At least 11 universities threatening to dock day's pay from any staff taking part in two-hour lunchtime walkout.
Martin Williams Guardian Professional,
University bosses have been accused of "penny-pinching and bullying", in a dispute over a strike by academics.
Across the country, thousands of lecturers are set to walk out for two hours
on Thursday 23 January, over a pay dispute. But at least 11
universities have told staff that they will have their pay docked for
the entire day if they go on strike.
In an email, seen by the
Guardian, one university said that going on strike was a breach of
staff's employment contracts. Although the strike is only set to last
for two hours at lunch time, university bosses told academics that they
should leave for a whole day, if they wanted to strike.
said: "If you take two-hour strike action but perform your normal duties
during the rest of the day, those services you do provide on the strike
day whether in the university, at home or elsewhere, will be voluntary
and at your discretion and you will not be paid."
and College Union (UCU) said the universities threatening to dock pay,
include: Nottingham Trent University, University of Chester, University
of Dundee, Oxford Brookes University, Glasgow Caledonian University,
University of Leicester, De Montfort University, Staffordshire
University, University of Wolverhampton, University of Surrey and Leeds
College of Art.
The union has threatened legal action against any
universities that withhold an entire day's pay from staff. It said
university bosses had a "baffling willingness to increase disruption for
students as a way of intimidating staff."
The "lock out" is the
first of its kind by universities in recent strikes, and lecturers say
it represents a escalation in their dispute with employers.
academic who is planning to strike, and asked to remain anonymous, said:
"This is clearly designed to be intimidating, but we are not going to
be intimidated because what we are doing is legal. Any attempt by the
university to lock staff out would be unlawful.
"The disruption to
students from our strike would have been minimal, but the university is
now increasing that many times over. Instead of just two hours, a full
day of teaching is now going to be wiped out for students. They are
turning people against them."
She added: "Not only are they
increasing support for strike action, they are making a mockery of the
university right across the world."
The union has threatened to
escalate its industrial action if the university deprives striking
lectures of a full day of pay. UCU general secretary Sally Hunt said:
"UCU's legal advice is that a two hour strike should lead to the
deduction of two hours pay – no more or less."
She added: "Any
university that tries to dock a full day's pay for a two-hour walkout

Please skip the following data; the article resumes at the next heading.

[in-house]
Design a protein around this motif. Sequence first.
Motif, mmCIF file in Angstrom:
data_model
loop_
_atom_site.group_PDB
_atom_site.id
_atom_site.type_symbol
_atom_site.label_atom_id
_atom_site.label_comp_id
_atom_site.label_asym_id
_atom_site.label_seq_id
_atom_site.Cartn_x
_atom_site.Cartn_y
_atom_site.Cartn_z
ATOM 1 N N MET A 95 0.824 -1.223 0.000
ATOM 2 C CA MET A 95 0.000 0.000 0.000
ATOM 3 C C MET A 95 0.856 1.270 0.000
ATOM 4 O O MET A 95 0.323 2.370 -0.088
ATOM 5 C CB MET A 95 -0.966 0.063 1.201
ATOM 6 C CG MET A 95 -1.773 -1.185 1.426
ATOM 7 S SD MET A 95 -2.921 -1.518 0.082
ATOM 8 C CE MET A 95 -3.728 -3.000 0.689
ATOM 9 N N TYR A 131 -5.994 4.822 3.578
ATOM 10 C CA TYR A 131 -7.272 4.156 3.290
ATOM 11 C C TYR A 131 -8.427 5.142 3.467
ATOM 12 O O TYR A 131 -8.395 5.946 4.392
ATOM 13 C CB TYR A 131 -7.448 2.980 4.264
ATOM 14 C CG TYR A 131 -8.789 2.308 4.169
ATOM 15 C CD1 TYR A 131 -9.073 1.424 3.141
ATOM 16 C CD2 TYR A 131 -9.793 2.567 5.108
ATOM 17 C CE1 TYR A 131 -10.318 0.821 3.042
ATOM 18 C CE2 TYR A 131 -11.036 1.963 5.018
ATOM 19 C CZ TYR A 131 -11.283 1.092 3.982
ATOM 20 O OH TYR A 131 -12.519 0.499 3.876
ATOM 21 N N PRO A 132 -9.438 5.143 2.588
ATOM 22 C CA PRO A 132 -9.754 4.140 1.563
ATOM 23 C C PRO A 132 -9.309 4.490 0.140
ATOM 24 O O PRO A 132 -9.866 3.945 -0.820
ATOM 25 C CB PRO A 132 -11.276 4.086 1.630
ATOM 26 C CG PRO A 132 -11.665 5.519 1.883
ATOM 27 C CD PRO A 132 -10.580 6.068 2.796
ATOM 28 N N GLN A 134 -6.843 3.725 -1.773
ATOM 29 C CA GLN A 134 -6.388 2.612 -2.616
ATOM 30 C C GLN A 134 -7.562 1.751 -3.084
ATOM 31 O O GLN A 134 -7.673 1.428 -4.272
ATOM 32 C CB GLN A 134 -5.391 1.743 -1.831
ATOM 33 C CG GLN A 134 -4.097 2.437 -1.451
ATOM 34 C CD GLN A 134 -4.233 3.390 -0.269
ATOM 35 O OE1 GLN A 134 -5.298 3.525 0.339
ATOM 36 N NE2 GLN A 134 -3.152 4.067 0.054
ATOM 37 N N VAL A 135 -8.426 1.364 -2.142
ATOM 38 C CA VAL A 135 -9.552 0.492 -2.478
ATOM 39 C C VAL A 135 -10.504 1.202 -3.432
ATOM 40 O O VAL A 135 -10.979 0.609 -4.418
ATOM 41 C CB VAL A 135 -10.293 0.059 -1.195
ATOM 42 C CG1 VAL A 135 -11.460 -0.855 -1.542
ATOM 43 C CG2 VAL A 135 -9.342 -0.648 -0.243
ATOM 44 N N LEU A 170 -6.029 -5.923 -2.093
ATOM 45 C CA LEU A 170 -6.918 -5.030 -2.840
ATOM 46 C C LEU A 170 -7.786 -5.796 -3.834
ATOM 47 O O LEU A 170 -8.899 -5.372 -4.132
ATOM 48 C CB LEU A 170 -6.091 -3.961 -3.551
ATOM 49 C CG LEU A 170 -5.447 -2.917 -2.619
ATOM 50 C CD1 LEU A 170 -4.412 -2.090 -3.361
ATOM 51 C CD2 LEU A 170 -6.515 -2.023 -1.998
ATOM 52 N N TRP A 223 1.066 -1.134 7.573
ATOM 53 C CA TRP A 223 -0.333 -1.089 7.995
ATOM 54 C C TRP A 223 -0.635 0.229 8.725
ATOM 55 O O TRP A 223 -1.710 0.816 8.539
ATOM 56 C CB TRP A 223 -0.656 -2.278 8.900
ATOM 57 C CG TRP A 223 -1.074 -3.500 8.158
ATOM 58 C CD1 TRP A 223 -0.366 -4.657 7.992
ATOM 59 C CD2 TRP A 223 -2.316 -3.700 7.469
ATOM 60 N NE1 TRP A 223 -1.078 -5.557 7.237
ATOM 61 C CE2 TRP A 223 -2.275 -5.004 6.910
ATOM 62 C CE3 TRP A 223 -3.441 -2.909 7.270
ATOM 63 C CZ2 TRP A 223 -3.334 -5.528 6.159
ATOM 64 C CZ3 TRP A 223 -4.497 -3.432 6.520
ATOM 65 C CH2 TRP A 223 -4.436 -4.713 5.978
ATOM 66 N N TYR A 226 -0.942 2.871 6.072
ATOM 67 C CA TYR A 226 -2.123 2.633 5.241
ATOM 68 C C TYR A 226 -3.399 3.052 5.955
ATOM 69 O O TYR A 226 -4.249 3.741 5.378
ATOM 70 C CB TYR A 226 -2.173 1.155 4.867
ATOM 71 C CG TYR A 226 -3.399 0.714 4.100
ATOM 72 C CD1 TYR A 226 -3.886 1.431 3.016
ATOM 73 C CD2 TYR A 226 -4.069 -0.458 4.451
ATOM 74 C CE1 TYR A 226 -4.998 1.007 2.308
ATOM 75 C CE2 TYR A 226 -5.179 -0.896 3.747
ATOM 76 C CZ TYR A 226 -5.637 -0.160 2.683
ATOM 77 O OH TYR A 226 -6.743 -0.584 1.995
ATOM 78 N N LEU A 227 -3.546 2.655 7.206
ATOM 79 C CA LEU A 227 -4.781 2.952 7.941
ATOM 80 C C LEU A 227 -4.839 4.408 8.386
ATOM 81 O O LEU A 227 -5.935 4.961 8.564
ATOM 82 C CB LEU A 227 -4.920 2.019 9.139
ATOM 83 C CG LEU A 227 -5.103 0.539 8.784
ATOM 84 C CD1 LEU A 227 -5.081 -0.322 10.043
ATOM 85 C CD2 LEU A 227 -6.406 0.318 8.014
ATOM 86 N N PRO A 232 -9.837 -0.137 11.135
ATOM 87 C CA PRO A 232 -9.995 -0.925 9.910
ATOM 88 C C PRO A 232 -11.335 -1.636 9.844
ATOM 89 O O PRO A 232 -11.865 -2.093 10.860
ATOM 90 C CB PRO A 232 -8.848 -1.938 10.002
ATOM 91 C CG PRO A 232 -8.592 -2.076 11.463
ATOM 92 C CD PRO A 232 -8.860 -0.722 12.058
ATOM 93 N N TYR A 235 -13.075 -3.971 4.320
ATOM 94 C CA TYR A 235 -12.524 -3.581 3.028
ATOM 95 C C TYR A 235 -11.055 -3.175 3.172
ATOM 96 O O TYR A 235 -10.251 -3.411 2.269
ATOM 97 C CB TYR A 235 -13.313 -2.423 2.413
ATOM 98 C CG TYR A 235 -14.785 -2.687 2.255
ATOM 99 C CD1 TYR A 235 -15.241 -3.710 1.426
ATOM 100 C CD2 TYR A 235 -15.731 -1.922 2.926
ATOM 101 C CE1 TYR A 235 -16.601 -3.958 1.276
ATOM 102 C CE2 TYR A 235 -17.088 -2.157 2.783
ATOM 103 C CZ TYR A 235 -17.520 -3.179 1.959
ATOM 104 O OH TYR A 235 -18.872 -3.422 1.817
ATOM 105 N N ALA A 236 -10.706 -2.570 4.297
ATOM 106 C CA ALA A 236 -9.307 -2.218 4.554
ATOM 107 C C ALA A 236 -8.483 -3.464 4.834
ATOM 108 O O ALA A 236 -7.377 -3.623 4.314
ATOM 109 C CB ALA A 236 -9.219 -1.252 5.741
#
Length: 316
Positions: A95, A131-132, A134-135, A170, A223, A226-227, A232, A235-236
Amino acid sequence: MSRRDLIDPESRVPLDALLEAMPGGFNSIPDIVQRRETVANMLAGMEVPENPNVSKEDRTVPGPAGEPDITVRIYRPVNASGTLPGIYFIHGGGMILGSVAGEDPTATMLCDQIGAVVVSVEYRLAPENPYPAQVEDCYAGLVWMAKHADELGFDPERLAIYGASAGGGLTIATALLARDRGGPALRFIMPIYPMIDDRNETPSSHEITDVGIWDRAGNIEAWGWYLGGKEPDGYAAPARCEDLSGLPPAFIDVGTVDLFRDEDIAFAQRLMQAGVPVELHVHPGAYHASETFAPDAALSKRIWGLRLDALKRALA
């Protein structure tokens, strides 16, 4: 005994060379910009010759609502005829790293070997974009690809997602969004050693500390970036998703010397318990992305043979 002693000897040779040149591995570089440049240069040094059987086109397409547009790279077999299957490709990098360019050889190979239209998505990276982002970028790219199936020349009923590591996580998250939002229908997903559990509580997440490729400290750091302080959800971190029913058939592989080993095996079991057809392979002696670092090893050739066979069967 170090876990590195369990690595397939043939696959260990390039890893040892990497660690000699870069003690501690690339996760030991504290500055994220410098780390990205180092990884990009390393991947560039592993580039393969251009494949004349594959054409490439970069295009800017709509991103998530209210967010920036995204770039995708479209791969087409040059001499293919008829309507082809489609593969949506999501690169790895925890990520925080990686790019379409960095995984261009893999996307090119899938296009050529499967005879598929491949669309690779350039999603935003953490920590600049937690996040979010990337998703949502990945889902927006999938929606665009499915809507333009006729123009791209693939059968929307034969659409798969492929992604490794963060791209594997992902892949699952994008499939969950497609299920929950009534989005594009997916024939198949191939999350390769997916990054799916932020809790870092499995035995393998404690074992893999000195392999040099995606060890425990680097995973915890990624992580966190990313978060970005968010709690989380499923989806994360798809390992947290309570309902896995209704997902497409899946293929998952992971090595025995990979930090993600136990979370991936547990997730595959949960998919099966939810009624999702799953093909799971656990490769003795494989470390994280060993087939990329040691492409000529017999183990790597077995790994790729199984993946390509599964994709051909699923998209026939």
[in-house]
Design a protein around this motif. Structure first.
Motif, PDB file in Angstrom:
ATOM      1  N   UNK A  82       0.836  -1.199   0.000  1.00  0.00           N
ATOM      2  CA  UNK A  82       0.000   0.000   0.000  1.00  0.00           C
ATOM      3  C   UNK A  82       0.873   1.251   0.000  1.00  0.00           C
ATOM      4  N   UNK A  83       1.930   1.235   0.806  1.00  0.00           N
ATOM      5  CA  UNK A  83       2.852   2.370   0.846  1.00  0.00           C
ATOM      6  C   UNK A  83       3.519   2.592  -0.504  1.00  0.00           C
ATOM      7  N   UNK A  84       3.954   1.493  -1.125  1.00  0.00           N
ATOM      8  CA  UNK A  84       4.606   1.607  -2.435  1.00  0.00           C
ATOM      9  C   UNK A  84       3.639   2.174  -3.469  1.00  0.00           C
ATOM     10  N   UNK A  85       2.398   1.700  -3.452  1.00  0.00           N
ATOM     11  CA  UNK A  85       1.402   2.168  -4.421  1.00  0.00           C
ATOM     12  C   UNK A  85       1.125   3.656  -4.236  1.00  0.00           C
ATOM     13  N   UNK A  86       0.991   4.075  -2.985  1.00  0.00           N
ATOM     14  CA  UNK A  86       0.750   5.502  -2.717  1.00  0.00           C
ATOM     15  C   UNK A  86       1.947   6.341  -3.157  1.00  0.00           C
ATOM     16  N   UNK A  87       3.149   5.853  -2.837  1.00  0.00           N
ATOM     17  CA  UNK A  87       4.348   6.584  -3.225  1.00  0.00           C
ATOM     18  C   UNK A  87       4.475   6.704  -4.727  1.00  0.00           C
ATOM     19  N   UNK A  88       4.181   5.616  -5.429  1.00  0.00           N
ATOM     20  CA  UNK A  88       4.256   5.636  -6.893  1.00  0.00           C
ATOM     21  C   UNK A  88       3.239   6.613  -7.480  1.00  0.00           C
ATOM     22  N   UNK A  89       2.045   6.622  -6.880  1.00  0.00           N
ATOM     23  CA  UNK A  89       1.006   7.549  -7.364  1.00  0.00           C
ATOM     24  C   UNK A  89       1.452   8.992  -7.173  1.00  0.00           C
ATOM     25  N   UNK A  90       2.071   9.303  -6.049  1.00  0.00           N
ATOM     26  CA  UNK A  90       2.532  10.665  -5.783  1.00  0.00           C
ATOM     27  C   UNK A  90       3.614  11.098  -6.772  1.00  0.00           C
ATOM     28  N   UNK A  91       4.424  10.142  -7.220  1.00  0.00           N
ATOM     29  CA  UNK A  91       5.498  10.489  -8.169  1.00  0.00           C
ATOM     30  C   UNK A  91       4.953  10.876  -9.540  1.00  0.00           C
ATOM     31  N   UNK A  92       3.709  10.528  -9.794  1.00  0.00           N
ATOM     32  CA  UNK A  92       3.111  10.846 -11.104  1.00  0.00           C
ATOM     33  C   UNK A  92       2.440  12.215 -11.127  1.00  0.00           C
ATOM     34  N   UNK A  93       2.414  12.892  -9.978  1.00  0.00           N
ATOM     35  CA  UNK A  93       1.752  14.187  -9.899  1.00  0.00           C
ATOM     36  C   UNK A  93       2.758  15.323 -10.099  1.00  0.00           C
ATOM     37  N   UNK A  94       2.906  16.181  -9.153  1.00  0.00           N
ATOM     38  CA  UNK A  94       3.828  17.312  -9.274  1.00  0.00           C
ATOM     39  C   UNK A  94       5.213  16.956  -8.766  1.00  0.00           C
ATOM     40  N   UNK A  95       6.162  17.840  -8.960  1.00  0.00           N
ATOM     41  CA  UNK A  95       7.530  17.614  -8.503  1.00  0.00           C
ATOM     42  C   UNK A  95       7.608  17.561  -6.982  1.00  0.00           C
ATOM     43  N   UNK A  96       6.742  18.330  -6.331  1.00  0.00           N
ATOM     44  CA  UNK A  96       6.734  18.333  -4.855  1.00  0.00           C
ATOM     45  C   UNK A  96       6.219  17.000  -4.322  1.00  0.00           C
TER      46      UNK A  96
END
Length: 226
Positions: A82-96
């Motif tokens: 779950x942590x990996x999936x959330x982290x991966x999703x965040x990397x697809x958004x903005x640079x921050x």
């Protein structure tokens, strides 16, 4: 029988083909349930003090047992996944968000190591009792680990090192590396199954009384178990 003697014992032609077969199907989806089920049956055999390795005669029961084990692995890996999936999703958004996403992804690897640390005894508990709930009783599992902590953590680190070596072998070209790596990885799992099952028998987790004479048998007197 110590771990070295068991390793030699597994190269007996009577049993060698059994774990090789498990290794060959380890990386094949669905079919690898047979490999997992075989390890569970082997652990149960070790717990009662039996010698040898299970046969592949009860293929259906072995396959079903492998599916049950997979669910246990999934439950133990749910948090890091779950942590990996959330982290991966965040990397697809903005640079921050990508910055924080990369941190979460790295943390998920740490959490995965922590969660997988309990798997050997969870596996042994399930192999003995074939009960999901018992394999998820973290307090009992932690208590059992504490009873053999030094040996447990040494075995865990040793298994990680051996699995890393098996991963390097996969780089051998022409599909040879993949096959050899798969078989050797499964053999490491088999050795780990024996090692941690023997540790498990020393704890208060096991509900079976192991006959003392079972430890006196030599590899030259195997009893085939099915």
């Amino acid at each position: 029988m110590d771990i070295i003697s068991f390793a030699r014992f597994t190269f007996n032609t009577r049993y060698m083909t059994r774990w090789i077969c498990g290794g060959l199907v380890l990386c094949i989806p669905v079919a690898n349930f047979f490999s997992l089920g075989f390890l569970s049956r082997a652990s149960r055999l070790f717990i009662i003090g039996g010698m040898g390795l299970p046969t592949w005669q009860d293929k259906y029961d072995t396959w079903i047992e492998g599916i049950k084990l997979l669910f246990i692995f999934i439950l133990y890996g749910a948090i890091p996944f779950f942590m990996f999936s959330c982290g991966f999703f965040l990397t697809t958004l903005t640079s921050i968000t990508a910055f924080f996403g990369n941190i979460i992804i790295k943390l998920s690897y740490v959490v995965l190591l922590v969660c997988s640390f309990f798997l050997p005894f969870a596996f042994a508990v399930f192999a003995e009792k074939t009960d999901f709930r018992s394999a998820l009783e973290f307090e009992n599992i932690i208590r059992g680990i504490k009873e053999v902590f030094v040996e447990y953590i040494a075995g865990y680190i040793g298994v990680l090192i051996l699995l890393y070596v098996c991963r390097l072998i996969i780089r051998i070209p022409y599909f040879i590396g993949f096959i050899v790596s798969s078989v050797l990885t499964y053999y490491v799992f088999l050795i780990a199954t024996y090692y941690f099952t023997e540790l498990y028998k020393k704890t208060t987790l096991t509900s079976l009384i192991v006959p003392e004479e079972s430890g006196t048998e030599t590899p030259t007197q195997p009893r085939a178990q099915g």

will face a legal challenge from us and an escalation of strike action,
as well as risking considerable damage to their reputation for fair
The two hour walk out follows strikes by academics and support staff in October and December
over a "miserly" 1% pay increase for rank-and-file university staff.
UCU says that the pay offer means academics across the UK faced a 13%
pay cut in real terms since October 2008.
Meanwhile, vice-chancellors have received wage increases averaging 8.1%, with some now on more than £400,000.
the Universities and Colleges Employers' Association have supported the
docking of pay, saying that universities are doing their best to help
A UCEA spokesperson said: "The unions are fully aware of
the employers' consistent position regarding withholding pay for
partial performance, and that they are entitled to withhold a full day's
pay if staff do not work normally.
"It is disingenuous for UCU to
suggest that the employer should be blamed for any further disruption
they may call on their members to cause."
One of the universities
that has threatened to dock pay for staff, stood by its warning.
Leicester University said: "We do not accept that staff should pick and
choose the duties which they are prepared to perform, in a way which is
deliberately targeted to cause maximum harm to this institution and the
education of our students, without recourse from their employer."
the National Union of Students (NUS) has urged universities to
negotiate. NUS president, Toni Pearce, said: "It's clear that the
continuing pay dispute, over the measly pay offer to staff made by
vice-chancellors who are receiving pay raises of 8%, now risks causing
She added: "Students want a speedy
resolution. We need to see the employers and unions getting round the
table and negotiating a fair and sustainable pay settlement."
View the article on the Guardian.